In addition, your physical body also belongs to Him (1 Cor. 6:19,20), so it too is among the things that are His that should be rendered to Him. That means that while you will no doubt want to render to God financially to support the ministries that minister to you (1 Cor. 9:11; Gal. 6:6), you should also consider following the lead of the Macedonians, who “first gave their own selves to the Lord” (2 Cor. 8:5).

King Hezekiah “rendered not again according to the benefit done unto him” (2 Chron. 32:25), but in light of the endless love and amazing grace that God has bestowed on us, let’s you and I render unto God the things that are God’s!
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« Reply #4534 on: May 15, 2017, 01:10:17 PM »

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Boldness Today
by Pastor Cornelius R. Stam


Some may suppose that it would require little boldness today to proclaim grace in all its purity. Who is ever persecuted now, at least in free, enlightened lands, for preaching God’s grace? Ah, but do not be deceived. Satan was no less active in his opposition to the truth when Constantine exalted the professing Church to prominence than when his predecessors persecuted the Church and sent its members to death by fire and sword. Indeed, the devil was doubtless more successful in Constantine’s day than he had been when persecution raged.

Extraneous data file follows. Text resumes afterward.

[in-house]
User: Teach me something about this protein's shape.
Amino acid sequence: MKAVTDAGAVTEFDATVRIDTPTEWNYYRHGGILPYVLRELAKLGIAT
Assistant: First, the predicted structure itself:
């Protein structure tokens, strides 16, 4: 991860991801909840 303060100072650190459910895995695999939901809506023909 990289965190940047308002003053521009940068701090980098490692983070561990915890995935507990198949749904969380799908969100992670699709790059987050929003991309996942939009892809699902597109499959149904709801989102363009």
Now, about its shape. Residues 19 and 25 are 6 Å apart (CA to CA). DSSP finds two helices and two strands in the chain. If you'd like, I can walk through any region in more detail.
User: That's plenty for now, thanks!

Does any believer in the Word of God suppose that Satan has relented in his opposition to the truth today, just because men, at least in this land, are not burned at the stake or thrown to the lions? Do not be misled. Satan’s enmity against God and against His Word continues undiminished. His hatred of “the gospel of the grace of God,” is as bitter, and his opposition to it as determined as it ever was. But well does he know that the constant discouragements connected with being in the minority often succeed in silencing those who would stand against physical persecution.